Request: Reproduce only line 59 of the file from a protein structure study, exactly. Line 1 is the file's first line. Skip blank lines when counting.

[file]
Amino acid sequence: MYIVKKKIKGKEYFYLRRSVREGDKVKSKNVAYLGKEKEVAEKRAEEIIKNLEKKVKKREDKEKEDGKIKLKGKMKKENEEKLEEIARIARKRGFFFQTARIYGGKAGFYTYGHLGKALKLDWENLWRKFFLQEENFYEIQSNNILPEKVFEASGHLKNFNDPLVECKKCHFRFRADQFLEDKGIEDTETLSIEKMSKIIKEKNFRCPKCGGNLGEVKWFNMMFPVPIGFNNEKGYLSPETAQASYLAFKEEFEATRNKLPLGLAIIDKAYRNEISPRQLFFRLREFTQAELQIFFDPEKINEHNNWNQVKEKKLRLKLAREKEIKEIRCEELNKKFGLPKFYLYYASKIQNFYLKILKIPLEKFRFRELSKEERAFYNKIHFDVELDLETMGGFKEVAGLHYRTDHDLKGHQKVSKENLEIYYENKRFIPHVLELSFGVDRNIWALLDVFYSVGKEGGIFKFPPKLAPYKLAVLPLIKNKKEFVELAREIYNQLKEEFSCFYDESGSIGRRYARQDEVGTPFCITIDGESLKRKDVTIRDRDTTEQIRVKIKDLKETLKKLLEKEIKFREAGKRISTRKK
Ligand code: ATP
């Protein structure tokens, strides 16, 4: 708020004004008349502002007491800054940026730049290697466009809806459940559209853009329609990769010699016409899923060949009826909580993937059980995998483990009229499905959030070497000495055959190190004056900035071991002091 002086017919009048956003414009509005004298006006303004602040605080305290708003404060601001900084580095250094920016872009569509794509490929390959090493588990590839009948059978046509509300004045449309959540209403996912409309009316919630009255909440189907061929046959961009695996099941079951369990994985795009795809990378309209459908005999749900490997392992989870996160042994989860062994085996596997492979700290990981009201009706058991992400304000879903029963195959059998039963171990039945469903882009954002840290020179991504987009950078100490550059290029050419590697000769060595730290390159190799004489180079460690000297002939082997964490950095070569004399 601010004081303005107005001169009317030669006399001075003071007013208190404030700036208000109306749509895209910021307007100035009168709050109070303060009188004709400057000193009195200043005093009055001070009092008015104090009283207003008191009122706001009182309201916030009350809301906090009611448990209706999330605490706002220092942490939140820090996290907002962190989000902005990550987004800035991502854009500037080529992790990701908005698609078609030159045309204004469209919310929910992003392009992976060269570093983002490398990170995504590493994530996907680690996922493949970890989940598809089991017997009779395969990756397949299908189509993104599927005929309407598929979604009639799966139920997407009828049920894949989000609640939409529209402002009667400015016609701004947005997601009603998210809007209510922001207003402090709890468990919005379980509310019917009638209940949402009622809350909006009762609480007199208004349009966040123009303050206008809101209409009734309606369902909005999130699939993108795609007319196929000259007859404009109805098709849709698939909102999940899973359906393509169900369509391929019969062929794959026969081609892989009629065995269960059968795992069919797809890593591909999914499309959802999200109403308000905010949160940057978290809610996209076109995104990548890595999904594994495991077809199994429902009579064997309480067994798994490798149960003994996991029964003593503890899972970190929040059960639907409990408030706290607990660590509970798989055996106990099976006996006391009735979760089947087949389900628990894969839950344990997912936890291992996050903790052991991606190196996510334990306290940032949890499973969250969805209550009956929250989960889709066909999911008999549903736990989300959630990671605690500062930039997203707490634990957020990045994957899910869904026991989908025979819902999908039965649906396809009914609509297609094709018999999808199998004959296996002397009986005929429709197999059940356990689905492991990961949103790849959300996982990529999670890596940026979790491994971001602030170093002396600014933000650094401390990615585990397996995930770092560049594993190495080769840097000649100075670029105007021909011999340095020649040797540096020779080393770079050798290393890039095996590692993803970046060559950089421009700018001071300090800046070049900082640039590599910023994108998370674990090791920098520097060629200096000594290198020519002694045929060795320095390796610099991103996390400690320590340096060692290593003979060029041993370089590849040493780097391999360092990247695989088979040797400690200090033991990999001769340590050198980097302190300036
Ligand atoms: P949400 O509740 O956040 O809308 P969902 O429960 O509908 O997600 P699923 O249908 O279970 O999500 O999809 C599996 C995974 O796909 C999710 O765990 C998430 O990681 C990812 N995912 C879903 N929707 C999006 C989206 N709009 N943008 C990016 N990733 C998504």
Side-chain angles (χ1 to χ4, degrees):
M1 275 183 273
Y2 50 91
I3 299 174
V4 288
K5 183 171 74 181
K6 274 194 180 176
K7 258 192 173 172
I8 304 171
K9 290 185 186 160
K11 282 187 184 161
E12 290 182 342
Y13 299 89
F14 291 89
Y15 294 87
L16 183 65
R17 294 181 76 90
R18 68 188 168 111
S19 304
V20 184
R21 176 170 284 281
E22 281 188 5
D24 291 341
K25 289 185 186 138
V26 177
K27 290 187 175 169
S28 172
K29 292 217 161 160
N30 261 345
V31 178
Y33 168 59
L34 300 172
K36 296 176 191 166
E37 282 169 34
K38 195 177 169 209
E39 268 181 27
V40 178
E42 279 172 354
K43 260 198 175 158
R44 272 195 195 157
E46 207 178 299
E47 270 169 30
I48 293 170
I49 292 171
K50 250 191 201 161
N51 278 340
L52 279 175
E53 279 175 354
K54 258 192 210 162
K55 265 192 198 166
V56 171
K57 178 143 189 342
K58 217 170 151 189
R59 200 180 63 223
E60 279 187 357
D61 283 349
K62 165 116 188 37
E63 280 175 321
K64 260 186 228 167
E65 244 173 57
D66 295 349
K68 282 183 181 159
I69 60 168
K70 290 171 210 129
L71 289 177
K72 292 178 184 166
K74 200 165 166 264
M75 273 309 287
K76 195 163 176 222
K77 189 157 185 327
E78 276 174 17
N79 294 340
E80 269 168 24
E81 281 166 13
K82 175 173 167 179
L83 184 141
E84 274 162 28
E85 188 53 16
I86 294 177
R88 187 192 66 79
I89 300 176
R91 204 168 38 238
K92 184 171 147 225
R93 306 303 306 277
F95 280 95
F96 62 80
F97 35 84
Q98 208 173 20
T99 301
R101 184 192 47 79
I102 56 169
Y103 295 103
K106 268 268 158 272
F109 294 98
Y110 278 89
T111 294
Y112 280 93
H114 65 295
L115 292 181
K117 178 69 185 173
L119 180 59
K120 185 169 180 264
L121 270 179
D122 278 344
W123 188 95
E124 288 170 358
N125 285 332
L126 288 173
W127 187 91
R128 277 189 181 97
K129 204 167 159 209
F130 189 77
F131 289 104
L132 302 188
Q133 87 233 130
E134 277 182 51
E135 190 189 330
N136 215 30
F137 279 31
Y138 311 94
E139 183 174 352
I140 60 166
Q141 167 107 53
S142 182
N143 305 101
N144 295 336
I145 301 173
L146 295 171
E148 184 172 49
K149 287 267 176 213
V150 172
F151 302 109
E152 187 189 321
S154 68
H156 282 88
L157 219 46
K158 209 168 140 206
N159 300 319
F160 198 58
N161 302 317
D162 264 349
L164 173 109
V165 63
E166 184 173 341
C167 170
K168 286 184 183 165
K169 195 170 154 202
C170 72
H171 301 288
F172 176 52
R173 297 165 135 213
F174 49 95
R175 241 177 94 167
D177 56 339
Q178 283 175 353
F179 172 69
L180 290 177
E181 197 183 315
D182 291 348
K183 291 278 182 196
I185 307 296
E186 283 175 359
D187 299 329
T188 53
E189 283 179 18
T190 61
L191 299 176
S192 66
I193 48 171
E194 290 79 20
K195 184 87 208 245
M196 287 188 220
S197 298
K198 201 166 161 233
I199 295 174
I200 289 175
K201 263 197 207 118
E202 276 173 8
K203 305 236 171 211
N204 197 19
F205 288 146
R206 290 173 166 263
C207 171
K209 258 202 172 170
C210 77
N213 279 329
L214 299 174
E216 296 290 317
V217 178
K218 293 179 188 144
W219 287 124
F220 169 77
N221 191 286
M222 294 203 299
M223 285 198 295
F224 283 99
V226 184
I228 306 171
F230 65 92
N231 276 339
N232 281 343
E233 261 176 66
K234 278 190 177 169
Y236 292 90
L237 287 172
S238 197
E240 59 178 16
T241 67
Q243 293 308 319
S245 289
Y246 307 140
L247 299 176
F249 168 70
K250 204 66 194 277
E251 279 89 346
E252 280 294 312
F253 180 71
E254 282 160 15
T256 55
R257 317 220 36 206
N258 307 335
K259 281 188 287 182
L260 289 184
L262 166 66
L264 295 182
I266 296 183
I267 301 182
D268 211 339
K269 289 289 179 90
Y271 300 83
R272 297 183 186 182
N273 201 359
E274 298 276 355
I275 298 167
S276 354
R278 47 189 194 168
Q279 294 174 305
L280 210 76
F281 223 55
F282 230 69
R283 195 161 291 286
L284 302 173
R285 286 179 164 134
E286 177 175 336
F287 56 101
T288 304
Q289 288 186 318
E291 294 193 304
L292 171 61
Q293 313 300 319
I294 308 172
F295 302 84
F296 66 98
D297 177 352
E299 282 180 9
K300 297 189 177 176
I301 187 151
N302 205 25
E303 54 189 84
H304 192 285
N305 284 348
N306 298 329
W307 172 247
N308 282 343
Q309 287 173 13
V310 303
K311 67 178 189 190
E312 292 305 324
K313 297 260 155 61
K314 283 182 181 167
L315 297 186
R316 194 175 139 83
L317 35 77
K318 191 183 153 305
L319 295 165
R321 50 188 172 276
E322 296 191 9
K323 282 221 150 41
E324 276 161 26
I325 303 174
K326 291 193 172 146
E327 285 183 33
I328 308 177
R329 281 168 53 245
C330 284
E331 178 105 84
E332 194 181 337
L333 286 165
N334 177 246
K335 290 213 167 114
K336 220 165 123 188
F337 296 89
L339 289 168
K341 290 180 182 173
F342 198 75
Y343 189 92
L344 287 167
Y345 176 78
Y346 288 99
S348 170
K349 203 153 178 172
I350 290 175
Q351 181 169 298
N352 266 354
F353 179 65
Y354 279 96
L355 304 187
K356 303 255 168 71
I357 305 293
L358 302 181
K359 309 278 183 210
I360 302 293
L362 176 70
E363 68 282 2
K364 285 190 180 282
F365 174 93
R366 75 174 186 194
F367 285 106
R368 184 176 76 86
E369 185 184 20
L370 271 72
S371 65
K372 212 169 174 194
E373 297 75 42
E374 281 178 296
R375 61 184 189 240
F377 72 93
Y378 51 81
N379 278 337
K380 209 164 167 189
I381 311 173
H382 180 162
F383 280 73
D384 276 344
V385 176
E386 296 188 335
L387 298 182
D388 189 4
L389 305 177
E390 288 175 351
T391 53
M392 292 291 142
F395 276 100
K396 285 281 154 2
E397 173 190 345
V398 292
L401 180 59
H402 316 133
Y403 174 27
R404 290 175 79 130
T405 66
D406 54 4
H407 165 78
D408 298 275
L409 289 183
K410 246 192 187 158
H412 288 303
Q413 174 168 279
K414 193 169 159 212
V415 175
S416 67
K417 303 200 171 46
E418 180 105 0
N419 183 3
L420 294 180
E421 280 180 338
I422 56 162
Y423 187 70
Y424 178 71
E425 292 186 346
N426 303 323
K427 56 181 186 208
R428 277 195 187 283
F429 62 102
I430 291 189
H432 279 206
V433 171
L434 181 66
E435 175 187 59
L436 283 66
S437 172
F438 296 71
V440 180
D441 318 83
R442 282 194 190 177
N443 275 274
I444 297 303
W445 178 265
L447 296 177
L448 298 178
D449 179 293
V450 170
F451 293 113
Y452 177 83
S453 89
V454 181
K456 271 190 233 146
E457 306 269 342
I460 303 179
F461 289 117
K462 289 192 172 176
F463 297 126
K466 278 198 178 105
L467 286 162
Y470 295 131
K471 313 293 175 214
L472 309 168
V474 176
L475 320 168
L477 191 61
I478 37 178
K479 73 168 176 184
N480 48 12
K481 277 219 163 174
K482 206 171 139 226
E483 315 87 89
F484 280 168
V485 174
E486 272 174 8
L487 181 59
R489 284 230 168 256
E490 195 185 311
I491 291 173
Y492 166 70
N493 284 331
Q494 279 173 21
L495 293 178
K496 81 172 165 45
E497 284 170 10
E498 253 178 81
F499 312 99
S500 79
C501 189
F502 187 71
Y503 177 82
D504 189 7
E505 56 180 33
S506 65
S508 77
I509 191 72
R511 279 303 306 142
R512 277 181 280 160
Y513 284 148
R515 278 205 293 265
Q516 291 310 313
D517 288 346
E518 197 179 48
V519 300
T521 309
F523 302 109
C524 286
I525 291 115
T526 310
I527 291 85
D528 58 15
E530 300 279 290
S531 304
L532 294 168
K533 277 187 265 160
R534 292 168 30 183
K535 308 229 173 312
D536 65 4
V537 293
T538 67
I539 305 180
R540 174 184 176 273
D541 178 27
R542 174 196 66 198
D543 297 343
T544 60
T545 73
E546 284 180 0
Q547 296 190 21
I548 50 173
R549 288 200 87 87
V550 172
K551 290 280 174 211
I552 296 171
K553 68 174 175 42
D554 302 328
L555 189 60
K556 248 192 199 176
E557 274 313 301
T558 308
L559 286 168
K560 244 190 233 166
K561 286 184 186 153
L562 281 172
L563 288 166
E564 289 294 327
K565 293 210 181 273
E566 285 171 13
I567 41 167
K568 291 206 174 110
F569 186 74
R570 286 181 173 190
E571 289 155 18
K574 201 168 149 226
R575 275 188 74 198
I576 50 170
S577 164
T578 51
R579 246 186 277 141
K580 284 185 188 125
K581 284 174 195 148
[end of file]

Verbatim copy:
E60 279 187 357